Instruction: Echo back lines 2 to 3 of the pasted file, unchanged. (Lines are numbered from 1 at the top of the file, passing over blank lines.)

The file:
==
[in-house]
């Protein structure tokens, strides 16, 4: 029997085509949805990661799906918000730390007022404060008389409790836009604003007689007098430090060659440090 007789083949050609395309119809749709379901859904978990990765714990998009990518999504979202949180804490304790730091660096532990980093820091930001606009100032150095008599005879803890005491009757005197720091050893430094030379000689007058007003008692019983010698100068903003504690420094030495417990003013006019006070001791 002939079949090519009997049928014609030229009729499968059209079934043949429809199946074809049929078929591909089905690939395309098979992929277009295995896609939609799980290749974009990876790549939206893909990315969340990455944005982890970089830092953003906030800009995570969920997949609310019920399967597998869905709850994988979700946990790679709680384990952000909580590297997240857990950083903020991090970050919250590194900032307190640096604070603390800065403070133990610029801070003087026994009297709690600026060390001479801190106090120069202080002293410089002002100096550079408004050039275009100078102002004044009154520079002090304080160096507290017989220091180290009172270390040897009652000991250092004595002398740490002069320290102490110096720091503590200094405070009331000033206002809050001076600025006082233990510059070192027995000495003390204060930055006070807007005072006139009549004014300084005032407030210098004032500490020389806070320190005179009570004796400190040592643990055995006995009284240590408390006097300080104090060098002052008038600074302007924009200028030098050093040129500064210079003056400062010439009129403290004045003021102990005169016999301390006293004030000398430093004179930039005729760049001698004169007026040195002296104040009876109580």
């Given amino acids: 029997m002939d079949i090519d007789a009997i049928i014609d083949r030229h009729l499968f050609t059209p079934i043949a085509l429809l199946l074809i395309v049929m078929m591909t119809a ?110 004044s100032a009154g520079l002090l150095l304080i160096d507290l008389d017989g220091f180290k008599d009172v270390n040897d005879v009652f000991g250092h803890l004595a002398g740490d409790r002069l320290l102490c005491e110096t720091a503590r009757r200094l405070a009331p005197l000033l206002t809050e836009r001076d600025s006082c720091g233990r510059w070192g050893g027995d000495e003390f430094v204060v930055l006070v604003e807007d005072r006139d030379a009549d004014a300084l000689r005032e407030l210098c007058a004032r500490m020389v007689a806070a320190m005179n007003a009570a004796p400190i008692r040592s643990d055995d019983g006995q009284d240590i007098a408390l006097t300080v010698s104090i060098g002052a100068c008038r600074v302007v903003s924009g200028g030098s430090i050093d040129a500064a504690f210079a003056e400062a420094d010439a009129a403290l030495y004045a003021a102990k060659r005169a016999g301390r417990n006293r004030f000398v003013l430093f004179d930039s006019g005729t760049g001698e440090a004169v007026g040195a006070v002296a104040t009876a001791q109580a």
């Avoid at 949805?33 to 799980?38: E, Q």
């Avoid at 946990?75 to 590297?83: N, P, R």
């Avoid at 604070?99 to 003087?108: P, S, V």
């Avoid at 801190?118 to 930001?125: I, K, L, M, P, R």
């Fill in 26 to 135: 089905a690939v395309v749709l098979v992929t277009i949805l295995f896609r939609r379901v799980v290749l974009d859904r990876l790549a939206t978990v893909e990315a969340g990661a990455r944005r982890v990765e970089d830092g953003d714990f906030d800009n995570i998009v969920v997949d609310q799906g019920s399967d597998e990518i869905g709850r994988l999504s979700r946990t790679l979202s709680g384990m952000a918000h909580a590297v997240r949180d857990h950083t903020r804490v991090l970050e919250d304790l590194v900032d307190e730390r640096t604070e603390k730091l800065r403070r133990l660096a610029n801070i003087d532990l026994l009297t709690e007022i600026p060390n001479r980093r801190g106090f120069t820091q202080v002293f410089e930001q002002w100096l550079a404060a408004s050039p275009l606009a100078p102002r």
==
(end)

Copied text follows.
């Protein structure tokens, strides 16, 4: 029997085509949805990661799906918000730390007022404060008389409790836009604003007689007098430090060659440090 007789083949050609395309119809749709379901859904978990990765714990998009990518999504979202949180804490304790730091660096532990980093820091930001606009100032150095008599005879803890005491009757005197720091050893430094030379000689007058007003008692019983010698100068903003504690420094030495417990003013006019006070001791 002939079949090519009997049928014609030229009729499968059209079934043949429809199946074809049929078929591909089905690939395309098979992929277009295995896609939609799980290749974009990876790549939206893909990315969340990455944005982890970089830092953003906030800009995570969920997949609310019920399967597998869905709850994988979700946990790679709680384990952000909580590297997240857990950083903020991090970050919250590194900032307190640096604070603390800065403070133990610029801070003087026994009297709690600026060390001479801190106090120069202080002293410089002002100096550079408004050039275009100078102002004044009154520079002090304080160096507290017989220091180290009172270390040897009652000991250092004595002398740490002069320290102490110096720091503590200094405070009331000033206002809050001076600025006082233990510059070192027995000495003390204060930055006070807007005072006139009549004014300084005032407030210098004032500490020389806070320190005179009570004796400190040592643990055995006995009284240590408390006097300080104090060098002052008038600074302007924009200028030098050093040129500064210079003056400062010439009129403290004045003021102990005169016999301390006293004030000398430093004179930039005729760049001698004169007026040195002296104040009876109580």
């Given amino acids: 029997m002939d079949i090519d007789a009997i049928i014609d083949r030229h009729l499968f050609t059209p079934i043949a085509l429809l199946l074809i395309v049929m078929m591909t119809a ?110 004044s100032a009154g520079l002090l150095l304080i160096d507290l008389d017989g220091f180290k008599d009172v270390n040897d005879v009652f000991g250092h803890l004595a002398g740490d409790r002069l320290l102490c005491e110096t720091a503590r009757r200094l405070a009331p005197l000033l206002t809050e836009r001076d600025s006082c720091g233990r510059w070192g050893g027995d000495e003390f430094v204060v930055l006070v604003e807007d005072r006139d030379a009549d004014a300084l000689r005032e407030l210098c007058a004032r500490m020389v007689a806070a320190m005179n007003a009570a004796p400190i008692r040592s643990d055995d019983g006995q009284d240590i007098a408390l006097t300080v010698s104090i060098g002052a100068c008038r600074v302007v903003s924009g200028g030098s430090i050093d040129a500064a504690f210079a003056e400062a420094d010439a009129a403290l030495y004045a003021a102990k060659r005169a016999g301390r417990n006293r004030f000398v003013l430093f004179d930039s006019g005729t760049g001698e440090a004169v007026g040195a006070v002296a104040t009876a001791q109580a």